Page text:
Best Practices to Prevent Becoming a Victim of Social Engineering Fraud

Best Practices to Prevent Becoming a Victim of Social Engineering Fraud

Communication is Key

It is important to communicate and increase awareness of the risk of social engineering fraud to all staff, and not just the finance department. Ad-hoc payment requests to external third parties and clients are often requested by ground staff, and effectively communicating the risk of a social engineering loss can add an extra defence barrier to preventing a fraud.

3 key actions to take to prevent being a victim of social engineering fraud:

  • Identify
  • Verify
  • Authenticate

Here are some examples and best practices on how to mitigate and stop a social engineering loss occurring.

Fake President/CEO Fraud:

  • Always speak to the individual who has purportedly sent or given the instruction to make a payment.
  • Always verify requests with another director, manager or supervisor and check the bank account is on an approved list which has been vetted.

Telephone Payments & Fund Transfers:

  • Avoid giving or accepting payment instructions via telephone or email.
  • Only accept requests in writing and on company headed paper from a known point of contact in that organisation.
  • Verify all requests with a call back procedure to confirm authenticity.

Email scams & requests to Change Bank Account Details:

  • Check the name and email address of sender for spelling mistakes and if they are on approved list of contacts.
  • Do not open any emails from unknown senders or with suspicious titles - they could contain viruses and expose the organisation to a cyber attack.
  • Where an email appears to be from a known person, click on the email address to ensure it’s not hiding a bogus address.
  • Using a call back procedure to authenticate the request can avoid being victim to a fraudster impersonating a known contact.
  • Check the client file for any history of previous requests to amend bank account details or send large sums to a new account.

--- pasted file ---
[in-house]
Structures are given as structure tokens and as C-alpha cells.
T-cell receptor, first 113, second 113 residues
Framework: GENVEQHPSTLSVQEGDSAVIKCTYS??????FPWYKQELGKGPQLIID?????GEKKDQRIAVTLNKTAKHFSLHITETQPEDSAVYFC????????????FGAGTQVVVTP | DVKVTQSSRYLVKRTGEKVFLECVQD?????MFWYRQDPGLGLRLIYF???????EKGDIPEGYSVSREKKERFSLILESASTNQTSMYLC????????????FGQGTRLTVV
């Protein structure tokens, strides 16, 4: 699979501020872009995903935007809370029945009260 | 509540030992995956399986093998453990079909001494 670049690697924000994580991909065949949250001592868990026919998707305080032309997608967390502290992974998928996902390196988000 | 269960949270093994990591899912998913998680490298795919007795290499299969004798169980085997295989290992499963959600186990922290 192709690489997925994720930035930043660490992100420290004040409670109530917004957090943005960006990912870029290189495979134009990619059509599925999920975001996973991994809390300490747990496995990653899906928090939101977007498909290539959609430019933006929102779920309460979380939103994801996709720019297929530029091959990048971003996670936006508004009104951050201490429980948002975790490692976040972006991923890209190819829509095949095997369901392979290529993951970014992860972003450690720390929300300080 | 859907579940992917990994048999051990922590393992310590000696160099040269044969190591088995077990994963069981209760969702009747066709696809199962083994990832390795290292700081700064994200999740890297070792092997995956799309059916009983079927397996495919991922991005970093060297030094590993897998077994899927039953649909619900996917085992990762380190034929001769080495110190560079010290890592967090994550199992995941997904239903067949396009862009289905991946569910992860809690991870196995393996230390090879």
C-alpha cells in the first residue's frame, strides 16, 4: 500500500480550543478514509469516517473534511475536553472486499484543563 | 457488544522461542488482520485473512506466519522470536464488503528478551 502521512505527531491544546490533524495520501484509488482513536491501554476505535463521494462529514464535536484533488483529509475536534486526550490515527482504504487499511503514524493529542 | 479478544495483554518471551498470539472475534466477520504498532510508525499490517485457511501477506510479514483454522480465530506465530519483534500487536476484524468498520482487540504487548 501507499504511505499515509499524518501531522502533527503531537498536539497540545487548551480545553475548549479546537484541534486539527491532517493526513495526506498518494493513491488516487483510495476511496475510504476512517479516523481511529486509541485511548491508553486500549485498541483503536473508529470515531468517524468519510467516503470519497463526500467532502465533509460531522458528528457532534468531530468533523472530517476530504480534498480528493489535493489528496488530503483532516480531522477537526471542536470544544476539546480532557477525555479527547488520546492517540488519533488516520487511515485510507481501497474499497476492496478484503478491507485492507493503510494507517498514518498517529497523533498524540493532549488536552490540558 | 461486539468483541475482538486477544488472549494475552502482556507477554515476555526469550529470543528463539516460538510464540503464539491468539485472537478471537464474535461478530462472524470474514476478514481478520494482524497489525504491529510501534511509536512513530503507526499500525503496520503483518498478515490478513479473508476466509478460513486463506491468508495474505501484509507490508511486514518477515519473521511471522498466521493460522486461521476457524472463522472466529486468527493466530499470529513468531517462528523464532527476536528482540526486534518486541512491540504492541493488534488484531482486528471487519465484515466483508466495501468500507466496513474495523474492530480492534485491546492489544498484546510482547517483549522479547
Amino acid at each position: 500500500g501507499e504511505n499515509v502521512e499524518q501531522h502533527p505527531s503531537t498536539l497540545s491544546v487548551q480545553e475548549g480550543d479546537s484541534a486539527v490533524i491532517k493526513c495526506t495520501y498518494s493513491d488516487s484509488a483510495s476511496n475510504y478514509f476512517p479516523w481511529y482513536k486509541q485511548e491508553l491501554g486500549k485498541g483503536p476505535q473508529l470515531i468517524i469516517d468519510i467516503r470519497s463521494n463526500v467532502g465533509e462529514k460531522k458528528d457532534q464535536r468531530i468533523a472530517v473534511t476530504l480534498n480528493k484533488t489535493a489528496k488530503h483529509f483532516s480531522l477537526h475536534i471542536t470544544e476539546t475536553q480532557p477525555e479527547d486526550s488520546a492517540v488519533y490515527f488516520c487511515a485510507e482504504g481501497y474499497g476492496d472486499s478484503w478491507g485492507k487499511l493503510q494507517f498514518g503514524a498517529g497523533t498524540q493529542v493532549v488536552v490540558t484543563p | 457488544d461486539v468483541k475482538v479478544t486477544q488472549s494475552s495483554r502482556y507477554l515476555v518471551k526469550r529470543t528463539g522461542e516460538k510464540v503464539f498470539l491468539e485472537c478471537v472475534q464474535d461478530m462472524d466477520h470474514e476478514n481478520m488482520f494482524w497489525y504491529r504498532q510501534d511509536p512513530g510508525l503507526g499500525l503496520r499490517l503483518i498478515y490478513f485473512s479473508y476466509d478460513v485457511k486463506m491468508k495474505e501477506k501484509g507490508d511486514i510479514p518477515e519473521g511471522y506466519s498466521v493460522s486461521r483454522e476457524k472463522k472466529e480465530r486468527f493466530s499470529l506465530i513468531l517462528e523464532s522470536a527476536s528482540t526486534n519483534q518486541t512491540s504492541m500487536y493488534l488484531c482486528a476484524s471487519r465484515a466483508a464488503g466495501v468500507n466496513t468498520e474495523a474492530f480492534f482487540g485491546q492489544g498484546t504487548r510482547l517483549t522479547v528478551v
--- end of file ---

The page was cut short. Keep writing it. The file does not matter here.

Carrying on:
Managing Suppliers & Vendor Details:

  • Maintain an approved list of suppliers and vendors, including key contacts with email addresses and telephone numbers.
  • Ensure Suppliers and Vendors know that any requests to change bank account details should  be sent in writing on company headed paper, signed by an approved person.
  • Have a dual control procedure in place when appointing new suppliers to prevent fictitious vendor fraud.

Read more about how Chubb can offer you bespoke commercial crime insurance, or contact your local office to find out more.

 

This information is intended to provide only a general description of the products and associated services offered by Chubb. Any advice is general only and does not take into account a potential purchaser’s objectives and financial situation or needs, or the prevailing laws and regulations in the relevant jurisdictions. Please refer to the full terms, conditions and exclusions of the relevant policy(ies). Coverages are underwritten by one or more companies of Chubb. Not all coverages are available in all countries where Chubb operates. Coverages are subject to licensing requirements and sanctions restrictions. This document is neither an offer nor a solicitation of insurance or reinsurance products. Potential purchasers should contact their local broker or agent for advice.

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